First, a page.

Stephen Prothero is a professor of religion at Boston University and the author of “The American Bible: How Our Words Unite, Divide, and Define a Nation.”
Scholars and believers alike tend to contrast sharply the founders of Christianity and Islam: Jesus the apolitical man of peace who turns the other cheek; and Muhammad the politician, jurist and general who takes much of the Arabian Peninsula by force. In “Zealot,” Reza Aslan blurs this distinction, depicting Jesus as a “politically conscious Jewish revolutionary” whose kingdom is decidedly of this world.
Aslan is an Iranian American Muslim, a religious-studies scholar and a creative-writing professor who lives in Los Angeles, where he runs a company called Aslan Media. So we should not be surprised to encounter in “Zealot” a life of Jesus that reads like a movie treatment, all the way down to these key scenes:
(Random House) - “Zealot: the Life and Times of Jesus of Nazareth” by Reza Aslan, published by Random House.
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EXTERIOR. STREETS OF JERUSALEM
In a moment that “more than any other word or deed, helps reveal who Jesus was and what Jesus meant,” an illiterate peasant is entering Jerusalem, riding on a donkey, as riotous crowds shout “Hosanna!” But Jesus of Nazareth is not demonstrating his humility, as you might have heard in a Palm Sunday sermon. He is demonstrating his kingship. “The long-awaited messiah — the true King of the Jews — has come to free Israel from its bondage” to Rome.
CUT TO: JERUSALEM TEMPLE — NEXT DAY
“In a rage,” Jesus lays waste to the public courtyard of the Jerusalem Temple, overturning the tables of money changers, driving out animal vendors and otherwise enraging Jewish priests and Roman rulers alike.
In Aslan’s telling, these two scenes introduce a “revolutionary zealot who walked across the Galilee gathering an army of disciples” to rain “God’s wrath . . . down upon the rich, the strong, and the powerful.” The rest of the book is devoted to fleshing out this portrait and explaining how and why Paul and other early Christians transformed Jesus from a man at war into a man of peace.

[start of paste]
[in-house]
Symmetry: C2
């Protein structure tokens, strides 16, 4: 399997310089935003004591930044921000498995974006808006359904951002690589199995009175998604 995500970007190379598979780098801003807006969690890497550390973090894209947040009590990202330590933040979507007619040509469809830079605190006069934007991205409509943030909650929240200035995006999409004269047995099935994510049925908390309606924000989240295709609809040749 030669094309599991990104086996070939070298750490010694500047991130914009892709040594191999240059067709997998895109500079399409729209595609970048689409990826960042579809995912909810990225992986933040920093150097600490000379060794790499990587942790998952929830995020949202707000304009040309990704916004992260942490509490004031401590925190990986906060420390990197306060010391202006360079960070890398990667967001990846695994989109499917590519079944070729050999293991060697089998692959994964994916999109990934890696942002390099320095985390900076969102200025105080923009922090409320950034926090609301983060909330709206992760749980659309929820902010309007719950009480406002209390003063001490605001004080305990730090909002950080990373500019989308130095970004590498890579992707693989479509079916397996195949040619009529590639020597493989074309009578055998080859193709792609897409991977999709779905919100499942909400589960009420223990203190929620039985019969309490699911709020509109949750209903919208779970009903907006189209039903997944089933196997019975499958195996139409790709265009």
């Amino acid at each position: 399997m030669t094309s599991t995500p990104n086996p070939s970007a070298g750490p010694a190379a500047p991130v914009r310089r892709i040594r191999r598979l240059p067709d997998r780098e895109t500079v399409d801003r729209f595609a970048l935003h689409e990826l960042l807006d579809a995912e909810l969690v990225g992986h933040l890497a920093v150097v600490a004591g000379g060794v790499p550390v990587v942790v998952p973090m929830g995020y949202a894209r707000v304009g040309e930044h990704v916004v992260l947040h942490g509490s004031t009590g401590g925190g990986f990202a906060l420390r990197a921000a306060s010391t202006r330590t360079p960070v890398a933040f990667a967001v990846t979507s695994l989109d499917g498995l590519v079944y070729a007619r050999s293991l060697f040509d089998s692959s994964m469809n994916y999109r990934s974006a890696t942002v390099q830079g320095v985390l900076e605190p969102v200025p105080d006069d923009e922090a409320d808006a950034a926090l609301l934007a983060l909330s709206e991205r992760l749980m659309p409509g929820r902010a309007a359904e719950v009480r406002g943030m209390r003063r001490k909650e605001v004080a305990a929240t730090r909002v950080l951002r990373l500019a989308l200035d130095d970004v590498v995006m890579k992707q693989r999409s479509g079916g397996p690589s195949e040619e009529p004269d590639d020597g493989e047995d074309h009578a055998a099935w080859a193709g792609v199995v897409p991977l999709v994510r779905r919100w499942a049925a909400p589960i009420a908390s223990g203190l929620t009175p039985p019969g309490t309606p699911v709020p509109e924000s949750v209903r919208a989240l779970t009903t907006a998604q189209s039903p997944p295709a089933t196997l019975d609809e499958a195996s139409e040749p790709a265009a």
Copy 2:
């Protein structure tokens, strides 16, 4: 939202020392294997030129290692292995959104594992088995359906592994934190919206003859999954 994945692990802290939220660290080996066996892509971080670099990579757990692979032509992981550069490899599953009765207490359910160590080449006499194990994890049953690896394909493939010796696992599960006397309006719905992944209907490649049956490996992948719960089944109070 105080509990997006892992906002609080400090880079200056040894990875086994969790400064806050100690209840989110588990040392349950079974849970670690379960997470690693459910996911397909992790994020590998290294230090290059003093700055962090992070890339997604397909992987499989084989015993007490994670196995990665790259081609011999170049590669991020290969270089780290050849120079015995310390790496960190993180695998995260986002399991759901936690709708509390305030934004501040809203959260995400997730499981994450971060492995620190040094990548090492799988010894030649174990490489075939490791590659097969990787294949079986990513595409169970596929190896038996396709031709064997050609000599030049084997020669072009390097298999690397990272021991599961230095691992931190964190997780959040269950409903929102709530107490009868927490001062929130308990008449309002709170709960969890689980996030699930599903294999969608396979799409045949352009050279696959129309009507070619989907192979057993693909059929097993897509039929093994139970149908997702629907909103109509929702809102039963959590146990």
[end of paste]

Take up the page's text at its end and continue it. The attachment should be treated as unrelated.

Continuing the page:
Like every other scholar with the chutzpah to try to divide the historical Jesus accurately from the Christ of Christian faith, Aslan does a lot of cherry-picking. Why credit the Palm Sunday story as historical when it so obviously serves to “fulfill” a prophesy from the Hebrew Bible: “Behold, your king is coming to you; righteous and victorious is he, humble and riding upon an ass” (Zechariah 9:9)? More to the point, why credit and emphasize violent passages in the Gospels while discrediting and deemphasizing peaceful ones? Why believe that Jesus really told his disciples, “If you do not have a sword, go sell your cloak and buy one” (Luke 22:36)? Why the skepticism when it comes to “love your enemies” (Matthew 5:44)?
And what about the obvious problems with the argument that Jesus was not just a political revolutionary — as biblical scholar John Dominic Crossan and others have argued — but a violent one? What are we to make of Jesus’s apparent lack of interest in doing anything practical whatsoever to prepare for holy war? If he has come to fight for “a real kingdom, with an actual king,” where are his soldiers and their weapons? And why no battle plan?